It's generally believed that when Tom Ford left his post at YSL, he wanted to have another stab at M7 and create a version of it that would be more successful commercially. The result was Oud Wood. It's loved by many, but I've never been won over, probably because I find the sweaty, lactonic aspect of its personality (patchouli? synthetic sandalwood?) too crude and far too voluminous. The fragrance has now been reissued as part of an oud trio, a development which didn't excite me until I had a chance to try one of its accompanying products: a bar of soap. I brought it to my nose and I experienced the very same shock that marked my initial encounter with M7 way back in 2002, as well as an echo of the aforementioned body lotion. Authoritative and tender, virile and decorous, it shows how truly exceptional the eau de parfum could be, if only a few of its elements were dialled down. And guess what, Oud Wood now comes as a Body Moisturizer as well, but that version doesn't wield quite the same force as the soap.
The other members of the aforementioned trio are brand new creations. Oud Fleur is an interesting, Western-style take on the type of agar wood perfume often neglected by non-Asian perfumers: the sweet oud. Thankfully, its floral element isn't a rose (I detect something sharper, angrier, more carnation-like) and it opens with an intriguing ozonic, nail varnish remover note, but it loses its way as it develops, and dwindles into less compelling territory. That said, it's not a write-off by any means.
Tobacco Oud is a more overtly Ford-esque creation. With several nods to the brand's own Sahara Noir from earlier this year, it takes enough frankincense to give the Magi an inferiority complex, and links it up with the tangy, leathery, smokiness that makes Tuscan Leather so irresistible. Is there any real oud in it? I'll be damned if I know, but there are certainly sufficient woods and spices (sesame and mustard seeds) to convince the wearer that TO has spent at least a few hours in transit at Dubai Airport. Then again, Madame Persolaise reads it as a kind of 'Dad sitting by the fire at Christmas' concoction, and her Dad is as English as they come, so the provenance of the scent's testosterone is perhaps difficult to ascertain.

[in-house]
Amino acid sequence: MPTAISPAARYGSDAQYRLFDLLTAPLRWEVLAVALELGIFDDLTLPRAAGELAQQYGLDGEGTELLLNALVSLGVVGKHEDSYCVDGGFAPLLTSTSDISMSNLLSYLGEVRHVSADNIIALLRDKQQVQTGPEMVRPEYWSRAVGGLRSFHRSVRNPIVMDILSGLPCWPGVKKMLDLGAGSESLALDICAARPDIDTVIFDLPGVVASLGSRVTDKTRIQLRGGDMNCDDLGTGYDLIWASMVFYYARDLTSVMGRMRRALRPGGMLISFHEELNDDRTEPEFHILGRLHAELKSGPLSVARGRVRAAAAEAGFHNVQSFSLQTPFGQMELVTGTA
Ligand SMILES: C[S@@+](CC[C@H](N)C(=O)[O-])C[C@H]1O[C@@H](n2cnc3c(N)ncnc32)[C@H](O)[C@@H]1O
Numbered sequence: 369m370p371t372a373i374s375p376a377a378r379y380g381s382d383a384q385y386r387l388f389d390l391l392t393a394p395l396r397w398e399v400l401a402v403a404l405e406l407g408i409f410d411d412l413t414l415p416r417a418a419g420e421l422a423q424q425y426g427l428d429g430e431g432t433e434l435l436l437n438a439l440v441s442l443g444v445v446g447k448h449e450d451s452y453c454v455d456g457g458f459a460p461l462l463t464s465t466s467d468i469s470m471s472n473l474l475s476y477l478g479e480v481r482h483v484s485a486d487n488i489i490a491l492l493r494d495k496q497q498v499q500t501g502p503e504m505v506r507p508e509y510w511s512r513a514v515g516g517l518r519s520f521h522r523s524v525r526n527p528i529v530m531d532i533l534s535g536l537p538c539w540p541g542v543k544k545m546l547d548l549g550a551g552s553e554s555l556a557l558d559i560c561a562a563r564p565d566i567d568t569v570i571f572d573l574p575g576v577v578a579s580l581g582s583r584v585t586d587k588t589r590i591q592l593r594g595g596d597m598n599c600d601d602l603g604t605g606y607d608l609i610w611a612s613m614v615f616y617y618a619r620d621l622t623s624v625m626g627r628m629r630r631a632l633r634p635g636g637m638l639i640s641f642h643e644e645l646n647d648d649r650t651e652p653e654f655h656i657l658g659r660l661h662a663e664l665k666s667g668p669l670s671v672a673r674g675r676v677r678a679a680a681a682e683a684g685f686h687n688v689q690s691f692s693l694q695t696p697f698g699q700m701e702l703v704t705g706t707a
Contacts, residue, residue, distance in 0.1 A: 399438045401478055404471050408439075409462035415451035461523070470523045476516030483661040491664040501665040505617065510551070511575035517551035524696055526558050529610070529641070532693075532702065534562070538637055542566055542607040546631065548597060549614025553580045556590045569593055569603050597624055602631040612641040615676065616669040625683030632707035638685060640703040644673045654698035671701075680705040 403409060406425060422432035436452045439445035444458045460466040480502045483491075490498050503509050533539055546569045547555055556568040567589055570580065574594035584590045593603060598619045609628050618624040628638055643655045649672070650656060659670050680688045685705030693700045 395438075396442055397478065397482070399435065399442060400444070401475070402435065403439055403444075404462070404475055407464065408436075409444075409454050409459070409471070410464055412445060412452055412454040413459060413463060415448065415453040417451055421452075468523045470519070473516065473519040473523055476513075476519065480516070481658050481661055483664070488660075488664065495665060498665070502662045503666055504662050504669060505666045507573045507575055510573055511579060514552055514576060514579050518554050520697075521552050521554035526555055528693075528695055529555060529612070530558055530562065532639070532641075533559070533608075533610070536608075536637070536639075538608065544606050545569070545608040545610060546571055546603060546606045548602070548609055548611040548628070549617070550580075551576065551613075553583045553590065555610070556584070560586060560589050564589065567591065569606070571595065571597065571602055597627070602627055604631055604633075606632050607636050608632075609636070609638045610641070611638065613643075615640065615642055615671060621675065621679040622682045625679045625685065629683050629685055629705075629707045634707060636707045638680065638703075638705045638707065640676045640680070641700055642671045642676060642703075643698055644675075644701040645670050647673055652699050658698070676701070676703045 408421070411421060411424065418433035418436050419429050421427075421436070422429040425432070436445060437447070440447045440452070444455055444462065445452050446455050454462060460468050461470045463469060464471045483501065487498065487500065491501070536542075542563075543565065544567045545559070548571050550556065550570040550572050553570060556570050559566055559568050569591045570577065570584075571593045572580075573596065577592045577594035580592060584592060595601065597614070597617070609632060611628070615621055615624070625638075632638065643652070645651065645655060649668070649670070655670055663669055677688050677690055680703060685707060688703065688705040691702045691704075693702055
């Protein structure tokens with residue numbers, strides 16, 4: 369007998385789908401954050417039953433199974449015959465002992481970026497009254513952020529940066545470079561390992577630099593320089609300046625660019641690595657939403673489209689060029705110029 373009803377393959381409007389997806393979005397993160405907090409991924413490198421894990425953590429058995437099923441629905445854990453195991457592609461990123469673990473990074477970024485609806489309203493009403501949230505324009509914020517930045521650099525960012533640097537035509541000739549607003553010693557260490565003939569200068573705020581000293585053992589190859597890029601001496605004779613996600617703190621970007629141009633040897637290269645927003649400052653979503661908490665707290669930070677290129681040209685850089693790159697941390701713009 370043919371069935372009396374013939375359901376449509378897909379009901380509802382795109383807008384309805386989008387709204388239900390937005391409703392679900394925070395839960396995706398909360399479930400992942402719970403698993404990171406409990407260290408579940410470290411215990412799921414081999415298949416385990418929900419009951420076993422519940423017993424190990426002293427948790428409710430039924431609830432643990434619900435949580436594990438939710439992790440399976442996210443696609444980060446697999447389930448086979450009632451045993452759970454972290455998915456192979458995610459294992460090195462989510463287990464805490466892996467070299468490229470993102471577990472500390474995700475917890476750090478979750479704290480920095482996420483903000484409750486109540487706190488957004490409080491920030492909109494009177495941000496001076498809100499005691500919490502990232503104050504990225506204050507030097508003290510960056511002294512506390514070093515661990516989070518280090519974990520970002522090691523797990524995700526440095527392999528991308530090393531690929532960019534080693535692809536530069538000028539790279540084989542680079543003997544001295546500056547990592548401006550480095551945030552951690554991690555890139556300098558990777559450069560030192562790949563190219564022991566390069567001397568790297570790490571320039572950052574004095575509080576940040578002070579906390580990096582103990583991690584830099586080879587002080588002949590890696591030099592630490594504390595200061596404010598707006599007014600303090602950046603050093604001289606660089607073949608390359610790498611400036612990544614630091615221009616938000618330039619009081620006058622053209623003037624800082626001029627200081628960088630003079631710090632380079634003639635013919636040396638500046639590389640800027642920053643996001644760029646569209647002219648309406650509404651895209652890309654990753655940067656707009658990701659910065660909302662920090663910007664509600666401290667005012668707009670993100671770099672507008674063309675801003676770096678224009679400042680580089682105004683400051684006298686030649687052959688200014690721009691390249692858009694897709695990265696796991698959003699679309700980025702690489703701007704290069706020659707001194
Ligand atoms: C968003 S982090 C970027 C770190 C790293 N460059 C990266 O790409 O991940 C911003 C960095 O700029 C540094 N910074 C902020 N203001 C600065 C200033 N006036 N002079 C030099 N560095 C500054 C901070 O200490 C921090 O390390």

As it happens, my favourite of the new Ford releases has nothing to do with the ouds and is fairly low-profile. London is currently exclusive to the new Sloane Street boutique, but I'm pleased that it's going to be granted wider distribution in a few months, as its cheekiness deserves a wide audience. It purports to evoke the city of overpriced hotels, cigarette smokers huddled outside pubs and crowded escalators on the Underground, and yet its official notes list features saffron, cumin and labdanum, amongst other decidedly non-Anglo Saxon goodies. Surely, Mr Ford couldn't be suggesting that our august capital is a playground for gentlemen and ladies clothed in dishdashas and abayas? Well, yes and no. There's definitely a fair amount of cross-cultural facetiousness at play here, but it's been juxtaposed with a thoroughly London-like, quasi-Victorian, mysterious, flinty note, as well as a powerful suggestion of sage, a bitter herb whose complexity is well suited to the eccentric temperament of one of the most cosmopolitan spots on the planet. Combine this with a beautiful cardamom top note and you get an endearing statement on urban diversity, 21st-century style. Sherlock Holmes: fire up the hookah!
[Reviews based on samples of eau de parfum provided by Tom Ford in 2013.]